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Why Flash and Batt Makes Sense

Closed-cell spray foam and fiberglass batts can be used together to maximize performance and minimize cost

Closed-cell spray-polyurethane foam may be the best-performing insulation available today. It seals against air infiltration, it boasts more R-value per inch than other forms of insulation, and it blocks the passage of water vapor. It’s also the most expensive option, and it requires dedicated equipment for large-scale installations.

[To read more of Michael Maines’s article from the February/March 2011 issue of Fine Hombuilding, click the link below.]

Why Flash and Batt Makes Sense.pdf

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  1. lesprice | | #1

    I just joined GBA, and am surprised that there have been no comments on this. I am building a custom home and my builder plans to use Flash&Batt for the exterior walls. I'm OK with that. My question is why not use it on the roof deck to achieve a conditioned attic?

    1. Expert Member
      MALCOLM TAYLOR | | #2


      You can. It's one of the methods Martin recommends here:

      1. GBA Editor
        Martin Holladay | | #4

        Les and Malcolm,
        Here is a link to another article in which I discuss the use of the flash-and-batt method for unvented roof assemblies (cathedral ceilings): "Flash-and-Batt Insulation." (See the section that begins with the heading, "Code requirements for flash-and-batt roofs.")

        That said, I agree with Michael Maines (in his comment below): the environmental impact of spray foam is enough to limit my enthusiasm for this method.

        1. lesprice | | #5

          Martin....thanks for commenting. I am in climate zone 4, and most or all of the foaming contractors in my area (KnoxvilleTN) only seem to use open cell foam in residential attics. So I remain confused. To my simple, newbie mind, it's a conflict between using open cell (with the issue of moisture diffusing up to the roof sheathing, but being able to spot a leak if it happens) or closed cell flash and batt (which solves the moisture problem, but hides any potential leaks and may cost more). Is it possible that in my climate, open cell with some attic dehumidification is OK?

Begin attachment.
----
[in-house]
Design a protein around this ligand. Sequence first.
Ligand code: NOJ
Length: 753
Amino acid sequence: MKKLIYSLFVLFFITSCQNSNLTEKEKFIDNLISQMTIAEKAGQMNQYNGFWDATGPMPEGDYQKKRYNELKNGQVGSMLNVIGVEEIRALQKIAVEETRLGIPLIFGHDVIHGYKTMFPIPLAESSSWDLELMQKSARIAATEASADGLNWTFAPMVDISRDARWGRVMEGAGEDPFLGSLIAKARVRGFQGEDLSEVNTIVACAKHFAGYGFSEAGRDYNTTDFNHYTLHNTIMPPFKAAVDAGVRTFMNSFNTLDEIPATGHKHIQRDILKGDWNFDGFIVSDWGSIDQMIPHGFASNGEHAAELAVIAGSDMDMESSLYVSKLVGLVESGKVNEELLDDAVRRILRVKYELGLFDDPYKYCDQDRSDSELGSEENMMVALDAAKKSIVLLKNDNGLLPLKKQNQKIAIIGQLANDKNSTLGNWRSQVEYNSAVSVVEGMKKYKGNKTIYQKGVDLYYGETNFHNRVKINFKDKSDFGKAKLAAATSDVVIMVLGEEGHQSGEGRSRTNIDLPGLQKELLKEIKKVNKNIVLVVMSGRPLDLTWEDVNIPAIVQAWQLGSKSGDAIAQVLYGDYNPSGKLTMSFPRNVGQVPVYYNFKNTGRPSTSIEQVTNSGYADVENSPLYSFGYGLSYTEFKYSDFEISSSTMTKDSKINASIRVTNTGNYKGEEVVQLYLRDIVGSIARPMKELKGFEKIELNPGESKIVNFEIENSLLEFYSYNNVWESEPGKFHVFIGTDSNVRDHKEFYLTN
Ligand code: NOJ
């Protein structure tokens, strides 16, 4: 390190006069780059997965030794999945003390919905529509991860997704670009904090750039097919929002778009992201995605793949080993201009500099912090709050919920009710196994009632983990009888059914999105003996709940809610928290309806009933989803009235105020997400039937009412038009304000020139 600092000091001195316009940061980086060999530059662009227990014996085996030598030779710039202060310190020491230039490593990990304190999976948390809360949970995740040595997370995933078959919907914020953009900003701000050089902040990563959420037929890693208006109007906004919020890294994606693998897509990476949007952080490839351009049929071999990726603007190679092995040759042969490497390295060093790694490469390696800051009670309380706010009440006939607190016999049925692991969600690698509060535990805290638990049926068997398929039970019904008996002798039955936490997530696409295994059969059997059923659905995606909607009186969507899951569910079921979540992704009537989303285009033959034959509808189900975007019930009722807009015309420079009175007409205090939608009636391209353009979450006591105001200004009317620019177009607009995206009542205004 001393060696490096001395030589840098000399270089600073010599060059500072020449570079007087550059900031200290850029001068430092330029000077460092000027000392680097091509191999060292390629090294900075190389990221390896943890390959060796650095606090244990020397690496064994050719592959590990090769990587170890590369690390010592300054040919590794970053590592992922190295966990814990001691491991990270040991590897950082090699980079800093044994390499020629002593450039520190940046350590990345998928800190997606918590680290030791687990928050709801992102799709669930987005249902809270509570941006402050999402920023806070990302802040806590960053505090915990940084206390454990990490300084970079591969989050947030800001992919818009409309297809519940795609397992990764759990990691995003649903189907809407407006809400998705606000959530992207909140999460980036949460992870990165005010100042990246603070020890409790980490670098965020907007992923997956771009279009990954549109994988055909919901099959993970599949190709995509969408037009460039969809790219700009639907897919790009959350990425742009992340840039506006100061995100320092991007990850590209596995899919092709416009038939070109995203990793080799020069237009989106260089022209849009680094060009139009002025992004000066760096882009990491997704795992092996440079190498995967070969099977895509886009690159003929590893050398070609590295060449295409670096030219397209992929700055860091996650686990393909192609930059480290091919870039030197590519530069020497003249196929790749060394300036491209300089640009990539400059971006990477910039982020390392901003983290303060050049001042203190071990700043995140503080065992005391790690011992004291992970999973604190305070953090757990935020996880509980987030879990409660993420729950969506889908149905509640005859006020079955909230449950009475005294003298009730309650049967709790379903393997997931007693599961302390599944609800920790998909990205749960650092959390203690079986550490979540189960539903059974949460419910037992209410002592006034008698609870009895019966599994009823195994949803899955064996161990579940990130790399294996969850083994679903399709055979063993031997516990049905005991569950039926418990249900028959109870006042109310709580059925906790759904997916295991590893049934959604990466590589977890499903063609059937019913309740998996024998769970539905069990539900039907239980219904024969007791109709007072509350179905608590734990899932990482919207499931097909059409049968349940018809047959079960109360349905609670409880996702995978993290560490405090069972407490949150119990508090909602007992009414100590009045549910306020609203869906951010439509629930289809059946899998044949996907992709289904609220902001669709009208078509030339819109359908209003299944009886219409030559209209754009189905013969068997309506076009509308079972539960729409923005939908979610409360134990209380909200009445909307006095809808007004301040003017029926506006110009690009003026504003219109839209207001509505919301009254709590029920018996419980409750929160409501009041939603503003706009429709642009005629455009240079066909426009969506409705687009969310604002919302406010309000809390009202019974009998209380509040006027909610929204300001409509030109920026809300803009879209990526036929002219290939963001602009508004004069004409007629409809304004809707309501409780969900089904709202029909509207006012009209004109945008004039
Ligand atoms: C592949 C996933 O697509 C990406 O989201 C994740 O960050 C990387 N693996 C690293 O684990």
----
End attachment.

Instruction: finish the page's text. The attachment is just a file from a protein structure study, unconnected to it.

1. GBA Editor
            Martin Holladay | | #6

            I have discussed these issues in several articles, including these two:

            "Open-Cell Spray Foam and Damp Roof Sheathing"

            "High Humidity in Unvented Conditioned Attics"

            I hear a lot of stories about cathedral ceiling failures -- and these stories have made me conservative when it comes to cathedral ceiling details. Here is the last sentence of the second article listed above: "Considering the risks and hurdles described in this article, I do not recommend the installation of open-cell spray foam on the underside of roof sheathing in any climate. In this location, closed-cell spray foam is much less risky."

    2. Expert Member
      Michael Maines | | #3

      Lesprice, I wrote that article ten years ago and in the meantime I've learned a lot about the negative aspects of foam insulation, and now try to use other types of insulation whenever possible. When I have to use foam in a framing cavity, if the R-values will meet the building code I still prefer a flash and batt or flash and fill assembly. In most cases I can find a simpler approach that is not potentially harmful to the installers or home occupants, and that has a smaller environmental impact than foam.

  2. lesprice | | #7

    My thanks, especially to Martin, for his work in dealing with this complex issue. It seems to me that my situation is not uncommon - I have to build on a slab, so the ducts must be in the attic. And I want that attic volume to be useful, therefore I must condition the attic. If conditioning an attic saves energy, one would think that the Department of Energy would have something to say on this subject, but if they have put anything out since all the experience that Martin speaks of has come to light, I haven't found it